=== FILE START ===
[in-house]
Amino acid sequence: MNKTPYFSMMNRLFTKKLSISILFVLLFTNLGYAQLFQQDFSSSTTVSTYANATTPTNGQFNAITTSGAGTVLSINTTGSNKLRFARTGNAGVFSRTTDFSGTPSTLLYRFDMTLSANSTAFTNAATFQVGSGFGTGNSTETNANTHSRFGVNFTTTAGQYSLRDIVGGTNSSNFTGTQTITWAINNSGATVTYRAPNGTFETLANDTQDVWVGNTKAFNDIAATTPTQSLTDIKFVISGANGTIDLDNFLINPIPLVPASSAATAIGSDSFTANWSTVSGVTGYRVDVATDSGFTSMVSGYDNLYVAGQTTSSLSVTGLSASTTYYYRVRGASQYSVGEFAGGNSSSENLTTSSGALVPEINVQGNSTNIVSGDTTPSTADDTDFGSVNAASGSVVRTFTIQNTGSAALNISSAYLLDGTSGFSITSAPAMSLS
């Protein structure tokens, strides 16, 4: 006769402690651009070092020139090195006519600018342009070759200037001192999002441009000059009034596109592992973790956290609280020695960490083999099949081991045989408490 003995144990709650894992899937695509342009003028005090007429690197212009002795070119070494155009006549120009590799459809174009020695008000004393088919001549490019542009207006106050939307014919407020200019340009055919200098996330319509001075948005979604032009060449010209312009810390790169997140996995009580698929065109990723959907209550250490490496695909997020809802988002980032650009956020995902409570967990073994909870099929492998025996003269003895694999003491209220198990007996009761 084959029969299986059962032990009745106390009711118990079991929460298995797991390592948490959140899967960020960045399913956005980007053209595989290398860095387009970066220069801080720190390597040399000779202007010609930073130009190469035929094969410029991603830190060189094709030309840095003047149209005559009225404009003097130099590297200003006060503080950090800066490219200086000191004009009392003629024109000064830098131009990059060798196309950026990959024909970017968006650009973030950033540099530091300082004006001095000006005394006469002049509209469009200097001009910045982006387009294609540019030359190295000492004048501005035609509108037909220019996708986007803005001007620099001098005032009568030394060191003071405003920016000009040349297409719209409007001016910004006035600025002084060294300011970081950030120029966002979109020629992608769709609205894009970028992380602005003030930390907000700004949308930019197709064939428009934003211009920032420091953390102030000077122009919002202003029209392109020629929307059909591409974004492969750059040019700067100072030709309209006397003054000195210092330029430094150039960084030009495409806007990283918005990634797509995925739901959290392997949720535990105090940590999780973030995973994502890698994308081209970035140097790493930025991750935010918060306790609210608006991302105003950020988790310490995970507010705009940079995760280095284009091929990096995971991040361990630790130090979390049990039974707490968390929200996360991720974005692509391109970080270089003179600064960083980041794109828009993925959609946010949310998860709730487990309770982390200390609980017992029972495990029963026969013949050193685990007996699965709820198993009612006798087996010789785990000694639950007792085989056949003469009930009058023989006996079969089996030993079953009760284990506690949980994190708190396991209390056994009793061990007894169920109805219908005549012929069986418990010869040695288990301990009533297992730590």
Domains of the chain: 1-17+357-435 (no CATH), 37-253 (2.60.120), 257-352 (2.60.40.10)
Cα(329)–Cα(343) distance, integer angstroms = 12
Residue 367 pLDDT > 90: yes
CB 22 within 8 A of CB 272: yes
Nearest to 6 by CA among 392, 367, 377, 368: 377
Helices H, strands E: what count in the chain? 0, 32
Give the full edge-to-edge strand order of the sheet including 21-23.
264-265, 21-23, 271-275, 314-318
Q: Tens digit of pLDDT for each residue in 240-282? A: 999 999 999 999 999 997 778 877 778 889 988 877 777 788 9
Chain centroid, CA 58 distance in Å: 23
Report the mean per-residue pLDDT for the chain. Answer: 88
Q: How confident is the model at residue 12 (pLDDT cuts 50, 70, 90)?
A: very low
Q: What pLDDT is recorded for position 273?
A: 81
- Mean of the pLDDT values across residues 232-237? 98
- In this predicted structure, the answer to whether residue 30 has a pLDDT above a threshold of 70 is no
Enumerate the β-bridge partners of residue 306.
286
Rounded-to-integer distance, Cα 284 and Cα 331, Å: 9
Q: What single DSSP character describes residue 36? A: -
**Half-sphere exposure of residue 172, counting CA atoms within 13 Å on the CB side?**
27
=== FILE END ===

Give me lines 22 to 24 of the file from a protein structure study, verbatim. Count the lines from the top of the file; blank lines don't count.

286
Rounded-to-integer distance, Cα 284 and Cα 331, Å: 9
Q: What single DSSP character describes residue 36? A: -